The four “core” supplements are:
- FeelFit Pea Protein Shake: a vegan protein powder that provides 20 grams of protein per 2 scoops (40 grams)
- GutHealth Digestion and Microbiome Support: a supplement containing probiotics, prebiotics, and digestive enzymes
- CleanTox Herbal Detox Tea: an herbal tea that the company claims will support the liver and kidneys; the company suggests having two per day
- Energy Fizz Sticks: a powder containing B vitamins, ginseng, guarana, and green tea that the company claims will support energy
In addition, you must select two additional supplements to take:
- CleanTox Gentle Cleanse: an aloe supplement that the company claims will detoxify your body by eliminating “toxins” from your system
- BeWell Superfood Greens: a powder mix containing 36 fruits and vegetables and prebiotics
- GutHealth Prebiotic Fiber: a supplement containing 12 grams of soluble fiber and a prebiotic known as inulin
- InnerCalm Adaptogenic Stress Powder: a powder containing Ashwagandha and saffron to promote calmness
Useful supplement shopping guides
Check out these two articles to help make supplement shopping a breeze:
Step 3: Get moving
Arbonne recommends daily physical activity to maintain a healthy body weight, heart health, physical fitness, and self-confidence.
Though it doesn’t provide a detailed program, the company recommends moving more than you did the day before, joining a gym, and/or taking up a new hobby, such as tennis or dancing.
Step 4: Be mindful and manage stress
Arbonne strongly recommends stress-reducing activities, such as meditation, hiking, or reaching out to friends and family. The company suggests that lowering your stress levels will make you less likely to overeat high calorie and high fat foods, which can lead to excess weight gain.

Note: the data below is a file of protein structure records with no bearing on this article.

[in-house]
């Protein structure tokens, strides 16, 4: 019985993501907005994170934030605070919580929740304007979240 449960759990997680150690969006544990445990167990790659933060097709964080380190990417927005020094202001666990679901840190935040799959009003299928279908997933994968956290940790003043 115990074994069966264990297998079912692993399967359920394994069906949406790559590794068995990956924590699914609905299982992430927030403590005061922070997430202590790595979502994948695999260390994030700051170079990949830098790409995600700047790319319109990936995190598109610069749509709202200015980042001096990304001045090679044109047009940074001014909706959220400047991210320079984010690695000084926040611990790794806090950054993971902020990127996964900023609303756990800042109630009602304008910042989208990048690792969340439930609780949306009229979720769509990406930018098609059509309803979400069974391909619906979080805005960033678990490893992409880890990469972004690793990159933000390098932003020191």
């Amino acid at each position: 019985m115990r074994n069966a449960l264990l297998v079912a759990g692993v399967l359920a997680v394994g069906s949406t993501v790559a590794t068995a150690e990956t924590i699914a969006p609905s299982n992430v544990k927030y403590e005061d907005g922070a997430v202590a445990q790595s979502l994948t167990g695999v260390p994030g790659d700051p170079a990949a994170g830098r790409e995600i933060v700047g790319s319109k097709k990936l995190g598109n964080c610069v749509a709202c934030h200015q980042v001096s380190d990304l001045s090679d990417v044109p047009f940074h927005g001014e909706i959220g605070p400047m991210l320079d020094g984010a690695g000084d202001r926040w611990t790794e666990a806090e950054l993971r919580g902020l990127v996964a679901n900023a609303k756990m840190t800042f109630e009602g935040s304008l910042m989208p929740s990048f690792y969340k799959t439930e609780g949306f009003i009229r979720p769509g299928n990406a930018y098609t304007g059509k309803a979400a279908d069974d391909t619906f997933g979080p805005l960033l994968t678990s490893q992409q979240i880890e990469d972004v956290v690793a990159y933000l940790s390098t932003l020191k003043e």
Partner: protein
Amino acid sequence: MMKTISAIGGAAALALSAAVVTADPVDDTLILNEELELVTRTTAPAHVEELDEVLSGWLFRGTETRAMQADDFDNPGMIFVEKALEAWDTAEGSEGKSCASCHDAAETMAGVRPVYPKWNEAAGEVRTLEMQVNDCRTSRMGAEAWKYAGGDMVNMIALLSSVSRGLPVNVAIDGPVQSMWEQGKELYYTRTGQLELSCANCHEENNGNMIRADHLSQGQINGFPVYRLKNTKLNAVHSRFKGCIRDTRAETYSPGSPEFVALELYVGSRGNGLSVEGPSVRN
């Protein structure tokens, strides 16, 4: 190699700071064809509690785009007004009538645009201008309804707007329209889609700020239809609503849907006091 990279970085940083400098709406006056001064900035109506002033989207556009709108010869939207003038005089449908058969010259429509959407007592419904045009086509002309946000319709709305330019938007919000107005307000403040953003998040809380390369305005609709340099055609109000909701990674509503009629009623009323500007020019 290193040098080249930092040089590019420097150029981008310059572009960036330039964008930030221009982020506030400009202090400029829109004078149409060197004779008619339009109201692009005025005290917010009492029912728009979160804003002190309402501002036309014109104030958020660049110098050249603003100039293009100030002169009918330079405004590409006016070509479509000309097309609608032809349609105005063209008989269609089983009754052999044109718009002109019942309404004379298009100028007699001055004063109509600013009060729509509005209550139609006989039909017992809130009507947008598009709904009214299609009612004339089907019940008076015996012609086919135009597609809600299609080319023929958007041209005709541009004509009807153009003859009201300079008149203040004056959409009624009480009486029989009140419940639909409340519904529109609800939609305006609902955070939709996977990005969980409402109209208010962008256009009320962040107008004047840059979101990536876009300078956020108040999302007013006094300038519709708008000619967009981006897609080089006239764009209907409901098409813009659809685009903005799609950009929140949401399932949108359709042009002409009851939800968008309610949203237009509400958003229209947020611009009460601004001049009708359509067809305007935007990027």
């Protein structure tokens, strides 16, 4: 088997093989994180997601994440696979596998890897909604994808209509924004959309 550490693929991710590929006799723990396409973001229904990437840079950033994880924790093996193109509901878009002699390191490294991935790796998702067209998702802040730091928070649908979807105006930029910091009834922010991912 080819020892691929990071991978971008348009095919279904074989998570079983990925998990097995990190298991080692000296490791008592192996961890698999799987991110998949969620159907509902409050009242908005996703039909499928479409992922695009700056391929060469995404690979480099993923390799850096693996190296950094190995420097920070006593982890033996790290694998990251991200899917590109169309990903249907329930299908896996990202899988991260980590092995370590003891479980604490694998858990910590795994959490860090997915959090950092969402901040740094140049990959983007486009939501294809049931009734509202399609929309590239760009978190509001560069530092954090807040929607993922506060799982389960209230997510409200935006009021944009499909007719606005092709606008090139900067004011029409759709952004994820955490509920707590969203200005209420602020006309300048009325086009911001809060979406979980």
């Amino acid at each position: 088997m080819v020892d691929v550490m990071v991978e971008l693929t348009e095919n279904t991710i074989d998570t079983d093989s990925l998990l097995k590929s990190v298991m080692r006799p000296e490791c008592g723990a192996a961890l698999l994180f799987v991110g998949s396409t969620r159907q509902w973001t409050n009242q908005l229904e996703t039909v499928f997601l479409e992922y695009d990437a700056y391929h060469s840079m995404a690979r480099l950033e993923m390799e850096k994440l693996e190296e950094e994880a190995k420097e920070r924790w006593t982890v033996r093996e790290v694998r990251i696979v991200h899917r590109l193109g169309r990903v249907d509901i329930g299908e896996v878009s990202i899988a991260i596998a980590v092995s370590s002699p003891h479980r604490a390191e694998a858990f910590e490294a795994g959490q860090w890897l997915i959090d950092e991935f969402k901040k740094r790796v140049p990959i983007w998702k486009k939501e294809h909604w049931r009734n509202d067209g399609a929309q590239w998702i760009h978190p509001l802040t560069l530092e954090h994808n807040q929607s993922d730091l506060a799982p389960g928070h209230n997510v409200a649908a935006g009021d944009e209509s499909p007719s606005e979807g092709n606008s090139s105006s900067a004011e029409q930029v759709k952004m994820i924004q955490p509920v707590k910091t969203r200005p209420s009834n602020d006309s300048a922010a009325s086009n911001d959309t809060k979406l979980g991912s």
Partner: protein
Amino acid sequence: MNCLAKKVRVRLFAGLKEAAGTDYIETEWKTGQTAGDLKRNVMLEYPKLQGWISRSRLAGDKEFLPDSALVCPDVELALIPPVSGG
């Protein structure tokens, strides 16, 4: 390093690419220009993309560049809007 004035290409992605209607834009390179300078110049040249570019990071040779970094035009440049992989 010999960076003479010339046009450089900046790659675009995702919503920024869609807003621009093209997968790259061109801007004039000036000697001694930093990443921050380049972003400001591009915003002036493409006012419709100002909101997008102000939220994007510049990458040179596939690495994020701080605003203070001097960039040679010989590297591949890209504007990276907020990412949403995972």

Step 5: Get enough sleep
Arbonne recommends resting more often and sleeping at least 8 hours per night to prevent weight gain, improve your immune system, and lower your risk of chronic disease.
The company provides general recommendations, such as using essential oils, putting electronics away before bedtime, and practicing a bedtime ritual.
Step 6: Track your goals
Arbonne generally recommends tracking your goals and progress to help you notice changes in your body, things that you could improve on, and foods that are bothersome to you.
Optional step 7: Prepare for life after the 30 days
After completing the 30 days, Arbonne recommends that you continue using all Arbonne products, meaning the protein shake, fizz sticks, digestive support, and so forth.
Further, you should work closely with your independent consultant, the person you buy your products and program from, to identify foods you should reintroduce or exclude from your diet.
Interestingly, Arbonne suggests that you will need to do the 30 Days to Healthy Living program more than once, which calls into question whether the program actually works and whether it’s intended to make people become reliant on the company’s products.
Though Arbonne doesn’t specify who the diet is for, the company’s main webpage claims it’s for people who are looking to improve their health and energy levels and potentially lose weight or “manage” their weight.
Arbonne suggests that the diet can help “reset” your body and identify foods that “may not be serving your body well.”
Though this may sound tempting for folks with digestive issues, the diet isn’t a proper elimination diet. If you’re looking to understand potential trigger foods, it’s better to work with a qualified healthcare professional who can learn more about your health background.
The Arbonne diet has a few glaring downsides. It excludes large groups of foods, which means it may not provide adequate nutrition for some people and may be triggering for people with a history of disordered eating.
Arbonne makes a legal statement that’s common for diet and health companies, saying that anyone with an underlying medical condition such as diabetes or heart disease, anyone who takes medications, and anyone who is pregnant or nursing should consult a healthcare professional before trying the diet.
Considering that the only guidance you receive while following the Arbonne program is from unqualified consultants, it’s important not to follow this diet without getting clearance from a healthcare professional.
It’s likely that a healthcare professional will not endorse this diet, and they may suggest better, more sustainable options.
Arbonne specifically states that the 30 Days to Healthy Living program is not a weight loss program, though you will likely lose weight on the diet.